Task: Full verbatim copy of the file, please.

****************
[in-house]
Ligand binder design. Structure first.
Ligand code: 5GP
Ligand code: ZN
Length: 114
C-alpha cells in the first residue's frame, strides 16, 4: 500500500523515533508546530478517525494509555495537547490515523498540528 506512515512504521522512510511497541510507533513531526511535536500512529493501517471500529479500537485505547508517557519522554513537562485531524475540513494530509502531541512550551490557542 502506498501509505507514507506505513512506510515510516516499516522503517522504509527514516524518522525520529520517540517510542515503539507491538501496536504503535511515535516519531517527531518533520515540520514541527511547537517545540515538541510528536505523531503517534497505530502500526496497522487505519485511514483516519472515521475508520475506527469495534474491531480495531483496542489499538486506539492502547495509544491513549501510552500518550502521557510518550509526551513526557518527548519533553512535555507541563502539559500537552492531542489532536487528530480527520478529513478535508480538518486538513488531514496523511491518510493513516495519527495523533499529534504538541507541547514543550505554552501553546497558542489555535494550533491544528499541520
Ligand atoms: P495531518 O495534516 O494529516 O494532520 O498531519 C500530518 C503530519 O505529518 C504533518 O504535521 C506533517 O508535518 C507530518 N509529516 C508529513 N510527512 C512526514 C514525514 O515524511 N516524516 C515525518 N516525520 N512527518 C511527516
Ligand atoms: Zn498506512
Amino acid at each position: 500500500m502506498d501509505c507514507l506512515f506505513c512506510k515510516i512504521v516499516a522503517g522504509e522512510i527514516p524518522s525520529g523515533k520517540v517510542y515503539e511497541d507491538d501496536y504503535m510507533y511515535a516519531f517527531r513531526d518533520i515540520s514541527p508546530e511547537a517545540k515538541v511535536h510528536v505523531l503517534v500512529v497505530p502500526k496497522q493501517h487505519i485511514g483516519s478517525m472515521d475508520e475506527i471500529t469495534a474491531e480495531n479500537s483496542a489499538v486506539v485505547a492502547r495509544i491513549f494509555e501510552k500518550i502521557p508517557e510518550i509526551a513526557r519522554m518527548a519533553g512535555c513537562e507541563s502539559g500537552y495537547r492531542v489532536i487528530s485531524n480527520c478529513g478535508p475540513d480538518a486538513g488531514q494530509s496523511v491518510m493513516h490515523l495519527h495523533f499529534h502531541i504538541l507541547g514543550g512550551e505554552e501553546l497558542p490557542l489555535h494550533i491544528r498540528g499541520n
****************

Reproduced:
[in-house]
Ligand binder design. Structure first.
Ligand code: 5GP
Ligand code: ZN
Length: 114
C-alpha cells in the first residue's frame, strides 16, 4: 500500500523515533508546530478517525494509555495537547490515523498540528 506512515512504521522512510511497541510507533513531526511535536500512529493501517471500529479500537485505547508517557519522554513537562485531524475540513494530509502531541512550551490557542 502506498501509505507514507506505513512506510515510516516499516522503517522504509527514516524518522525520529520517540517510542515503539507491538501496536504503535511515535516519531517527531518533520515540520514541527511547537517545540515538541510528536505523531503517534497505530502500526496497522487505519485511514483516519472515521475508520475506527469495534474491531480495531483496542489499538486506539492502547495509544491513549501510552500518550502521557510518550509526551513526557518527548519533553512535555507541563502539559500537552492531542489532536487528530480527520478529513478535508480538518486538513488531514496523511491518510493513516495519527495523533499529534504538541507541547514543550505554552501553546497558542489555535494550533491544528499541520
Ligand atoms: P495531518 O495534516 O494529516 O494532520 O498531519 C500530518 C503530519 O505529518 C504533518 O504535521 C506533517 O508535518 C507530518 N509529516 C508529513 N510527512 C512526514 C514525514 O515524511 N516524516 C515525518 N516525520 N512527518 C511527516
Ligand atoms: Zn498506512
Amino acid at each position: 500500500m502506498d501509505c507514507l506512515f506505513c512506510k515510516i512504521v516499516a522503517g522504509e522512510i527514516p524518522s525520529g523515533k520517540v517510542y515503539e511497541d507491538d501496536y504503535m510507533y511515535a516519531f517527531r513531526d518533520i515540520s514541527p508546530e511547537a517545540k515538541v511535536h510528536v505523531l503517534v500512529v497505530p502500526k496497522q493501517h487505519i485511514g483516519s478517525m472515521d475508520e475506527i471500529t469495534a474491531e480495531n479500537s483496542a489499538v486506539v485505547a492502547r495509544i491513549f494509555e501510552k500518550i502521557p508517557e510518550i509526551a513526557r519522554m518527548a519533553g512535555c513537562e507541563s502539559g500537552y495537547r492531542v489532536i487528530s485531524n480527520c478529513g478535508p475540513d480538518a486538513g488531514q494530509s496523511v491518510m493513516h490515523l495519527h495523533f499529534h502531541i504538541l507541547g514543550g512550551e505554552e501553546l497558542p490557542l489555535h494550533i491544528r498540528g499541520n